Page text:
Kids need to be told that while they are the center of their parent's universe, they are not thee center of the universe. The world may be their oyster but it's up to them to make the pearl. There's this kid in our neighborhood – she was not just good at things, she was one of the best in the state. She didn't just play in the band, she was the first chair of first chairs. She didn't just sing, she got all the solos. She didn't just run track, she was the one to beat. She didn't just get good grades, she was Salutatorian. She wanted/needed/deserved to go to an Ivy League school and applied to them all, with Brown and Yale being her top choices. They turned her down – because she expected a four year free ride. She finally got one, at a different private school, but got annoyed when they didn't offer the degree she eventually decided on. She pleaded and cajoled and insisted they give her what she wanted, but she ended up having to go to school one more year at the local state university to get the degree she wanted – and she had to pay for that year's worth of school. Oh you should have heard her complain!! Now she can't find a job and no one is paying her way, and she has to waitress to pay off her one year school loan. She is having a very hard time coming to grips with not being special.

    June 12, 2012 at 7:11 am |
    • wjkssmd

      Helicopter Parenting Example.... that kid is going to have a mental break within the next 5 years. Hope she gets help, and I don't have to help pay for it.

      June 12, 2012 at 8:19 am |
      • Matt

        Thank Dr. Spock!!

        June 12, 2012 at 8:41 am |
    • watergirl

      Or..it is a testament to how sad it is that you can't get into higher education based on education and abilities, but only on your ability to pay....

      June 12, 2012 at 8:38 am |
      • Disappointed

        Or if you fill a minority requirement

        June 12, 2012 at 9:39 am |
  8. jacobsart

    Don't tell graduates they aren't special. You might has well have to them not to come to the fake little ceremony. Are they supposed to be celebrating something? Is it a special event? I say to any kid who graduated to this speech, you yourself decide if you are special. You don't need to hear it from your crank teacher. We are all special and all not special. Being special is a made up concept. It's subjective. Special, special, special.


    June 12, 2012 at 6:45 am |
    • Mike

      I suggest you listen to the whole speech, not just the snippet the media gives you. He said millions of kids are graduating from high school this spring - that doesn't make any one of them special. He said everyone in the world is special in their own way, so pick a career that lets you do something good for them, rather than for yourself. It was a humorous and inspirational speech, and it was something they needed to hear, if only for the first time. Bravo!

      June 12, 2012 at 7:19 am |
    • crabman

      the truth be told -- now hows that feel because you know what the teachers right

      June 12, 2012 at 7:44 am |
  9. Gen Y

    Don't fear what you don't understand. It's okay to judge, if that's what you have to do to get by.

    June 12, 2012 at 6:11 am |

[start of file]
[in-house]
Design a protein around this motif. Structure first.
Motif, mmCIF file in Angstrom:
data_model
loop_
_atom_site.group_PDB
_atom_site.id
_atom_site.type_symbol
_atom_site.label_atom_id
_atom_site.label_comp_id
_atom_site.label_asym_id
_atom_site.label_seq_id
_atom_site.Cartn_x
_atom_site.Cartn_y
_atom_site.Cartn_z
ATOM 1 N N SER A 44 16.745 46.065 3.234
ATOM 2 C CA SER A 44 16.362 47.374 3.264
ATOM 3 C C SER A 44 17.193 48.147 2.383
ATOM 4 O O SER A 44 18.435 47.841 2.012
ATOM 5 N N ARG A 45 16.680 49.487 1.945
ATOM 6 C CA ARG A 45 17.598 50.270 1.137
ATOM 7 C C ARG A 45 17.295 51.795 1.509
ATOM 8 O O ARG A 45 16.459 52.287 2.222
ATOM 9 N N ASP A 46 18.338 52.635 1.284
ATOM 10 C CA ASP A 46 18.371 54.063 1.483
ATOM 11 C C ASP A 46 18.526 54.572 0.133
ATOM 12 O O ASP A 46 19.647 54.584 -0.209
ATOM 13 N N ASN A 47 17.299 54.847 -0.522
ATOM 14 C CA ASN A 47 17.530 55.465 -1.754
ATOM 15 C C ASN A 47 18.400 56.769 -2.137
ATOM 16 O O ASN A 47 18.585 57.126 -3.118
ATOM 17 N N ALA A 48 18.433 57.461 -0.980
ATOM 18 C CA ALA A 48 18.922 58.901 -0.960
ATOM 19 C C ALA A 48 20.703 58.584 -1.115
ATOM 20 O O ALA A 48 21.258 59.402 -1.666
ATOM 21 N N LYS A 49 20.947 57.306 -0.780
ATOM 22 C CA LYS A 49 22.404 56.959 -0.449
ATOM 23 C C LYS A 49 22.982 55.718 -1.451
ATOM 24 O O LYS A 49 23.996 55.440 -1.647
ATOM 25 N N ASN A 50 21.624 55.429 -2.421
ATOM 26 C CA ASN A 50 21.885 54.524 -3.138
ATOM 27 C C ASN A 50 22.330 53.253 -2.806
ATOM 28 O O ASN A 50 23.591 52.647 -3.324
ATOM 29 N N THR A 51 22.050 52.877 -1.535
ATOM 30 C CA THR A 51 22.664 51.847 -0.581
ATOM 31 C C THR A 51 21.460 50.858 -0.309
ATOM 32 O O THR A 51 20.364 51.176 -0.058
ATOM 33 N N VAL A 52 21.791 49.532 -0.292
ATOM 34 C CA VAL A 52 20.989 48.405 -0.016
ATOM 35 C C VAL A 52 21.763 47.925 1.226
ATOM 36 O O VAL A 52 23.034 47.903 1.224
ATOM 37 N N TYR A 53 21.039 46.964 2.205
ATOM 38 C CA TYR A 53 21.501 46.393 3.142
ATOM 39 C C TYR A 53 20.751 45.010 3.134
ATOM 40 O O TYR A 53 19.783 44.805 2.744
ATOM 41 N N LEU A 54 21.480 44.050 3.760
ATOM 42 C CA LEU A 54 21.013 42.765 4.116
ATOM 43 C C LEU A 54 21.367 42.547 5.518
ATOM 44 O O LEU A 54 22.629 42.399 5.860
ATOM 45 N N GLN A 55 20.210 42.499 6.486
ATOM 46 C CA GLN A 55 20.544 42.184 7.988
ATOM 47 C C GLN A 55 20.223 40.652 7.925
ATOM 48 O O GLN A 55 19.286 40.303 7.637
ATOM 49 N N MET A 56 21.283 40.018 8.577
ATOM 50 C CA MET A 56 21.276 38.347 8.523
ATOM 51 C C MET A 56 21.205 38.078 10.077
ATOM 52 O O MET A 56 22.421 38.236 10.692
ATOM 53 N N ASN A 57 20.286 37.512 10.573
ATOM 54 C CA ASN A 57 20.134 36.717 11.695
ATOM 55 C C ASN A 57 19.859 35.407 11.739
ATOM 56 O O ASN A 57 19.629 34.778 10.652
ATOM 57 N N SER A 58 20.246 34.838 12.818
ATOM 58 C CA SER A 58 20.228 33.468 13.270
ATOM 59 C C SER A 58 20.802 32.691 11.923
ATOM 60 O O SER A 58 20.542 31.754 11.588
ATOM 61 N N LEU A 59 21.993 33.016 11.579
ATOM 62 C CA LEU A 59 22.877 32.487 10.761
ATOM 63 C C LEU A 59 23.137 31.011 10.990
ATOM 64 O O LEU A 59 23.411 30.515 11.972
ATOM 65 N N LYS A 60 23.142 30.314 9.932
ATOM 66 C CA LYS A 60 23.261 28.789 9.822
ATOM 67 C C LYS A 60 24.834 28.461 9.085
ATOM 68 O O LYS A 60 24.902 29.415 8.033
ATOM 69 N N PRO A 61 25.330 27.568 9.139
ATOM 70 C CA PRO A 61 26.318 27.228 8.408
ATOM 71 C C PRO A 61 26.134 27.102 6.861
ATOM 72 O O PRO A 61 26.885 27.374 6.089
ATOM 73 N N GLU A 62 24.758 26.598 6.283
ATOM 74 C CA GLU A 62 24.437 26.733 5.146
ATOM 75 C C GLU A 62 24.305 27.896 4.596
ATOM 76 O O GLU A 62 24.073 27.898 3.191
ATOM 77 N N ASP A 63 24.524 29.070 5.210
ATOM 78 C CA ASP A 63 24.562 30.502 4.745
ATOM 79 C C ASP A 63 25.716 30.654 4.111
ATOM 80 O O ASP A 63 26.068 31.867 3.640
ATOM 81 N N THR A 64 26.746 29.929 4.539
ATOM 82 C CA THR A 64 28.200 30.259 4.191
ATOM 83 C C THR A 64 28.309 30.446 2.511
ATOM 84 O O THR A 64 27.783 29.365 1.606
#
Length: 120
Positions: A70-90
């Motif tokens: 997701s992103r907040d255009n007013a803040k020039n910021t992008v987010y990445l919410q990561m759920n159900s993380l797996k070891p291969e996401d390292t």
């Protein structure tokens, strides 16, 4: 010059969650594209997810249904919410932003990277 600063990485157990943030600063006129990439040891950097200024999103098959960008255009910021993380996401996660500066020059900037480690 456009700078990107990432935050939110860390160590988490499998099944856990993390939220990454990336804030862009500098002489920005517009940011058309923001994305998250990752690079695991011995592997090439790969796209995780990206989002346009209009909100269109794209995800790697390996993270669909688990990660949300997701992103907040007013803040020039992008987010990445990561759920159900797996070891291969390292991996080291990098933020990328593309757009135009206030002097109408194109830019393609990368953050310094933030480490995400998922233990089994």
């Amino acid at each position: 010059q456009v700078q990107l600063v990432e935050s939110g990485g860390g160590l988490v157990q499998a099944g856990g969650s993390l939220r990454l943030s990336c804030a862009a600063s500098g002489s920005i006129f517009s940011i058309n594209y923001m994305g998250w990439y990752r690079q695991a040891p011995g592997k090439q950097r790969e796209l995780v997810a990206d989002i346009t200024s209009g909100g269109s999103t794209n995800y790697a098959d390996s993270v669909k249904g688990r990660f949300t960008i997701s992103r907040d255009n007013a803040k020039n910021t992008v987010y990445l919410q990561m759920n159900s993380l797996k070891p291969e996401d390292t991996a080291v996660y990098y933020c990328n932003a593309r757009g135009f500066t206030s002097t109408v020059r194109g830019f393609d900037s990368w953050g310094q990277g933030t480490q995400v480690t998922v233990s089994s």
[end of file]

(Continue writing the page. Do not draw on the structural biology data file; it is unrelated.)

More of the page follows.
10. maxbianco

    Nothing Stings as bad as the truth!! and the truth is.... they're Not special. furthermore, the US education system has become the laughing stock of the world thanx to millermont, kaplan and a host of other Jokers. all profit, no quality; high School is even worse!! and theres plenty of blame to spread around.... starting with the students themselves!! this trainwreck of an issue is self made!!

    June 12, 2012 at 5:32 am |
    • PublicSchoolTeacher

      Don't forget to blame a society that despises ad even ridicules academics, knowledge, and intellectualism (see Big Bang Theory) but places insanely high value on credentials (diplomas, degrees, certifications, etc.) because they allow us to judge and make assumptions without actually having to look for competence.

      June 12, 2012 at 8:27 am |
  11. TBizz

    I was told at my HS commencement in 1998, by an adult, that "Yoda walked the halls.." of my High School. Our halls and walls were blessed by his presence, and smart or dumb, any of us who graduated from this place were just plain cool. What a load of dung. I have always resented that we had this person telling us what we wanted to hear (the remade versions of Star Wars were just coming out) rather than giving us a message we could actually use. I really appreciate this guys message, regardless of he, himself, not being anyone of much stature. In the whole speech, he tells it like it is, and sees life the way it's supposed to be seen. Good for him. Bad for CNN for focusing on something so blatantly out of context, I had thought more of you.

    June 12, 2012 at 3:53 am |
  12. Jar Jar Binks

    Meee so tells you dat youz dummiez keeps so voting foz de Repulicans dat youz never gonna finds no jobs or futurz. Dayz so wit da Sith Lords andz so wantz very much so destroyz da middlze classes.

    June 12, 2012 at 1:00 am |
    • DANNY

      What are you trying to sound like, is this supposed to mimic a southern drawl or just plain stupidity.

      June 12, 2012 at 9:13 am |
  13. LizardLance

    Dear Graduates of 2012: The baby boomer generation has royally mucked things up because we are self-centerered and narcissistic. In summary: We don't give a damn about anybody else or about our country. So good luck graduates as you try to undo all the harm we've done.